PLA Daily: "Eating is a time battle"

China Military Online
Yao Jianing

By Cai Chuang

Have you ever measured how long you could finish a meal? For ordinary people, this seems a bit senseless. But for the military, the eating speed is not an insignificant topic, but an important issue that is related to the formation of combat power and can even affect the outcome of war.

There was a discussion on a China's BBS under the theme of “How long it takes you to eat in the military canteen?” There were many responses, including 3, 5, 10, 15 and 30 minutes.

There is no clear stipulation in the Chinese military’s rules and regulations as to how long it should take to have a meal. However, one thing is certain: eating fast is a manifestation of the army's strong sense of time and high level of combat readiness.

The key function of the military is to fight. The battle may starts at any time, so meals are usually not taken according to schedule. Speed is precious in wartime, and accordingly, eating should be time-sensitive.

In those past days when the Chinese Red Army soldiers walked over 120 kilometers within one day and night, how could they have time to make a fire to cook and take their time in eating? Enemy planes bombarded them indiscriminately, and enemies on the ground attacked them wildly. Even taking a sip of water was difficult, not to mention sitting down and enjoying a big meal.

If the soldiers didn’t develop the concept of “eating is a time battle,” how could they adapt to the ferocious, fast-changing battlefield environment?

Some say that the pace of pedestrians on the street reflects the nationals' concept of time to some extent. In this sense, the “speed of eating” reflects the combat readiness of officers and soldiers. For real military members, their daily lives of eating, drinking, excreting, urinating, and sleeping are all related to fighting.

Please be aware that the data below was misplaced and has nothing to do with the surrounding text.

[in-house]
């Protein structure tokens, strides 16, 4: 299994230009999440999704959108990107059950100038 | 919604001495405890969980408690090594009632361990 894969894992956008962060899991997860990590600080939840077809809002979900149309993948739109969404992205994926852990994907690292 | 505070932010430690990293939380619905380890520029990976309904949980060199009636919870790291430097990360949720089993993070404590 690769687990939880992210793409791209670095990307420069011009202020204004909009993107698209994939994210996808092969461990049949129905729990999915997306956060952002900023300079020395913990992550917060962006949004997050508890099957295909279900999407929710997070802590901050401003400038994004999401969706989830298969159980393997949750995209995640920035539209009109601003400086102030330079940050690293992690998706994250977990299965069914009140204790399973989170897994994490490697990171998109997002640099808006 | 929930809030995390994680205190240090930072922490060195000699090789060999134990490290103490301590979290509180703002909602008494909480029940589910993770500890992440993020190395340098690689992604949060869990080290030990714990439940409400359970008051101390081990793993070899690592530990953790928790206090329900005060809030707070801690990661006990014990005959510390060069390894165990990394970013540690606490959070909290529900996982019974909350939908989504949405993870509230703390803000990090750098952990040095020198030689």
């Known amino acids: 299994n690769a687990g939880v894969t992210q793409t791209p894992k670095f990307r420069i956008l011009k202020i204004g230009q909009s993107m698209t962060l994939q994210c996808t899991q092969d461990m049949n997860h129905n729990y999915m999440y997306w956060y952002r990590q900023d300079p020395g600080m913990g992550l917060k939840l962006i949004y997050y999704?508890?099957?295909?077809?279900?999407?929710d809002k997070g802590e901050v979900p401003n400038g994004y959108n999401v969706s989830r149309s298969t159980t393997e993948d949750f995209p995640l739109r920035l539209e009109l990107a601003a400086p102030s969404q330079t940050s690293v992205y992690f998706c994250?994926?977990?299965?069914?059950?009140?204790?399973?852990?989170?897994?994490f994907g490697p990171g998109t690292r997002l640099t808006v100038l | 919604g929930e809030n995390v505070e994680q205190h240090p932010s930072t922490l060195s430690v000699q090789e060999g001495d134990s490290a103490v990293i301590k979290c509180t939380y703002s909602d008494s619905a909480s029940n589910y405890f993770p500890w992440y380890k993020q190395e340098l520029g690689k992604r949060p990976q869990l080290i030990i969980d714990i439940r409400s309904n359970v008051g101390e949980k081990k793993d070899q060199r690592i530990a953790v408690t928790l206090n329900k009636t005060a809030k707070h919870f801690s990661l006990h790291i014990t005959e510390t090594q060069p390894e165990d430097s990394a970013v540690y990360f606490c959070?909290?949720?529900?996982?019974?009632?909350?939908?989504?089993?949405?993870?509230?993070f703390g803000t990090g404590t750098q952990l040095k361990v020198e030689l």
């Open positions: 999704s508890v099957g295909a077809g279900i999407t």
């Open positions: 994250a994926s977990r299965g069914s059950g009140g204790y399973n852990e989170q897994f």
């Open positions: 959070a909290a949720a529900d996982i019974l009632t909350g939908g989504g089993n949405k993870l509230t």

Su Yu, known as China's ever-victorious general, insisted on surveying the terrain, reading maps, and putting his clothes and socks neatly every night for many years after the war ended. The reason was that he always adhered to a belief: only if you can keep combat-ready during the whole night can you be a true soldier.

In times of war, “marching and fighting, fighting and marching” and “being ready for combat anytime” were always part of the daily routine. If you want to fill your stomach or even save your life, you must eat a little bit simpler and faster. Today, there is neither extra-urgent marching nor fierce war fighting. Nevertheless, we shall expect from military members that they eat fast, which reflects a sense of “impending doom” as well as their fighting spirit. Imagine if soldiers would procrastinate in eating and always make a mess on the table or if there comes an emergency mission, how could they rush to the battlefield with high morale and fight to the end with full physical strength, when they are still hungry?

However, some of Chinese PLA officers and soldiers are now used to “four dishes and one soup” in the field training or live-fire exercises, and they cannot adapt themselves to the individual self-heating food, which is regarded as inadequate in terms of portion size and taste. As a result, some soldiers even bring their own snacks. Besides, certain troops are unfamiliar and unaccustomed to the use of self-propelled cooking vehicles, cooking trailers, and field maintenance equipment. These not only violate the exercise rules, but may also deliver a heavy loss in wartime.

The Chinese military should incorporate “eating” into the whole process of live-fire military exercise, so that officers and soldiers can get used to “eating meals while achieving combat readiness” and eating fast and well in wartime, in order to win at last.

Disclaimer: The author is Cai Chuang. The article was published on the PLA Daily on November 28. It is translated from Chinese into English and edited by China Military online.


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